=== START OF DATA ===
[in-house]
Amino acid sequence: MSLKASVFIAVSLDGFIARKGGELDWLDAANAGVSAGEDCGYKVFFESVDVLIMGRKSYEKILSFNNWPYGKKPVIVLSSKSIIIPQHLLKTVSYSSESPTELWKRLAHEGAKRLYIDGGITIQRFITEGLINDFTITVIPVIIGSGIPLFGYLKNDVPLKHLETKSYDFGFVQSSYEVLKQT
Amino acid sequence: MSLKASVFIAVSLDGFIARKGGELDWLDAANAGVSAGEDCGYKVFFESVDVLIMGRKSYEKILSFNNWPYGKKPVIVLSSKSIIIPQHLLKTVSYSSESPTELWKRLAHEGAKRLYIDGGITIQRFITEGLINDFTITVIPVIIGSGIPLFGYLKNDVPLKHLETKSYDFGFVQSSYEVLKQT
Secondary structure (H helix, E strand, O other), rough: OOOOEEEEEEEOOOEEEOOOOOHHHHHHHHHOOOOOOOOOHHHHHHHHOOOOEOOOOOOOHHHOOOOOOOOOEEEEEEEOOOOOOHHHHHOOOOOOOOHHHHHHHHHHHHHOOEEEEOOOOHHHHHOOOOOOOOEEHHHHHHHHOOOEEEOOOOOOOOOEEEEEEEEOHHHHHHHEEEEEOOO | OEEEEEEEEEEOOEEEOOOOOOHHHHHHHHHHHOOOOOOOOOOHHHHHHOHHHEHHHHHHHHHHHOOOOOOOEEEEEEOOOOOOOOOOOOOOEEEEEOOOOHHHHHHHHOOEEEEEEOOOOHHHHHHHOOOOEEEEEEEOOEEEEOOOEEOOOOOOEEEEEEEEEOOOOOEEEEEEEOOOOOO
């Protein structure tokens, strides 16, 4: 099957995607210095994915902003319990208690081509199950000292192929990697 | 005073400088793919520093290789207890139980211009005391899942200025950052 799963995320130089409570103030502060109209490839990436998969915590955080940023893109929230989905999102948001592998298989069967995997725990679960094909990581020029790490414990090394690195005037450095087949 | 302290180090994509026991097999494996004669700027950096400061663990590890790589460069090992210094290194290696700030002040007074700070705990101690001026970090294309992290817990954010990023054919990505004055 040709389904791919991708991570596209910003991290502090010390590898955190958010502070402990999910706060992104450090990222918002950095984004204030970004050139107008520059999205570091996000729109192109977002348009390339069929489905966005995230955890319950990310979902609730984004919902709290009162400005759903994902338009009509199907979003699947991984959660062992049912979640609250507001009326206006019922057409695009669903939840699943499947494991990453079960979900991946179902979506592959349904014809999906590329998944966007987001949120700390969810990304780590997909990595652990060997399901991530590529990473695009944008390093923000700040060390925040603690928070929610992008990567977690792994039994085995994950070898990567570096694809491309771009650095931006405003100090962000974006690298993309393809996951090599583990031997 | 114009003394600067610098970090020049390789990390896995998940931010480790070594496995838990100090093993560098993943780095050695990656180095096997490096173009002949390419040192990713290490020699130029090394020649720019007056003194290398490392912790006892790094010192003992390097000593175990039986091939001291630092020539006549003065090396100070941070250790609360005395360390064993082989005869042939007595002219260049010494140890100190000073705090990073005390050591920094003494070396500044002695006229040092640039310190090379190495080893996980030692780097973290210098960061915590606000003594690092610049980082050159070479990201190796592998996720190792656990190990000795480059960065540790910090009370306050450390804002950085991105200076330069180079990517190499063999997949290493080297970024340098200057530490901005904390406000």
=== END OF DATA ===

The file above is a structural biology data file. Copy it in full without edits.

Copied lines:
[in-house]
Amino acid sequence: MSLKASVFIAVSLDGFIARKGGELDWLDAANAGVSAGEDCGYKVFFESVDVLIMGRKSYEKILSFNNWPYGKKPVIVLSSKSIIIPQHLLKTVSYSSESPTELWKRLAHEGAKRLYIDGGITIQRFITEGLINDFTITVIPVIIGSGIPLFGYLKNDVPLKHLETKSYDFGFVQSSYEVLKQT
Amino acid sequence: MSLKASVFIAVSLDGFIARKGGELDWLDAANAGVSAGEDCGYKVFFESVDVLIMGRKSYEKILSFNNWPYGKKPVIVLSSKSIIIPQHLLKTVSYSSESPTELWKRLAHEGAKRLYIDGGITIQRFITEGLINDFTITVIPVIIGSGIPLFGYLKNDVPLKHLETKSYDFGFVQSSYEVLKQT
Secondary structure (H helix, E strand, O other), rough: OOOOEEEEEEEOOOEEEOOOOOHHHHHHHHHOOOOOOOOOHHHHHHHHOOOOEOOOOOOOHHHOOOOOOOOOEEEEEEEOOOOOOHHHHHOOOOOOOOHHHHHHHHHHHHHOOEEEEOOOOHHHHHOOOOOOOOEEHHHHHHHHOOOEEEOOOOOOOOOEEEEEEEEOHHHHHHHEEEEEOOO | OEEEEEEEEEEOOEEEOOOOOOHHHHHHHHHHHOOOOOOOOOOHHHHHHOHHHEHHHHHHHHHHHOOOOOOOEEEEEEOOOOOOOOOOOOOOEEEEEOOOOHHHHHHHHOOEEEEEEOOOOHHHHHHHOOOOEEEEEEEOOEEEEOOOEEOOOOOOEEEEEEEEEOOOOOEEEEEEEOOOOOO
């Protein structure tokens, strides 16, 4: 099957995607210095994915902003319990208690081509199950000292192929990697 | 005073400088793919520093290789207890139980211009005391899942200025950052 799963995320130089409570103030502060109209490839990436998969915590955080940023893109929230989905999102948001592998298989069967995997725990679960094909990581020029790490414990090394690195005037450095087949 | 302290180090994509026991097999494996004669700027950096400061663990590890790589460069090992210094290194290696700030002040007074700070705990101690001026970090294309992290817990954010990023054919990505004055 040709389904791919991708991570596209910003991290502090010390590898955190958010502070402990999910706060992104450090990222918002950095984004204030970004050139107008520059999205570091996000729109192109977002348009390339069929489905966005995230955890319950990310979902609730984004919902709290009162400005759903994902338009009509199907979003699947991984959660062992049912979640609250507001009326206006019922057409695009669903939840699943499947494991990453079960979900991946179902979506592959349904014809999906590329998944966007987001949120700390969810990304780590997909990595652990060997399901991530590529990473695009944008390093923000700040060390925040603690928070929610992008990567977690792994039994085995994950070898990567570096694809491309771009650095931006405003100090962000974006690298993309393809996951090599583990031997 | 114009003394600067610098970090020049390789990390896995998940931010480790070594496995838990100090093993560098993943780095050695990656180095096997490096173009002949390419040192990713290490020699130029090394020649720019007056003194290398490392912790006892790094010192003992390097000593175990039986091939001291630092020539006549003065090396100070941070250790609360005395360390064993082989005869042939007595002219260049010494140890100190000073705090990073005390050591920094003494070396500044002695006229040092640039310190090379190495080893996980030692780097973290210098960061915590606000003594690092610049980082050159070479990201190796592998996720190792656990190990000795480059960065540790910090009370306050450390804002950085991105200076330069180079990517190499063999997949290493080297970024340098200057530490901005904390406000």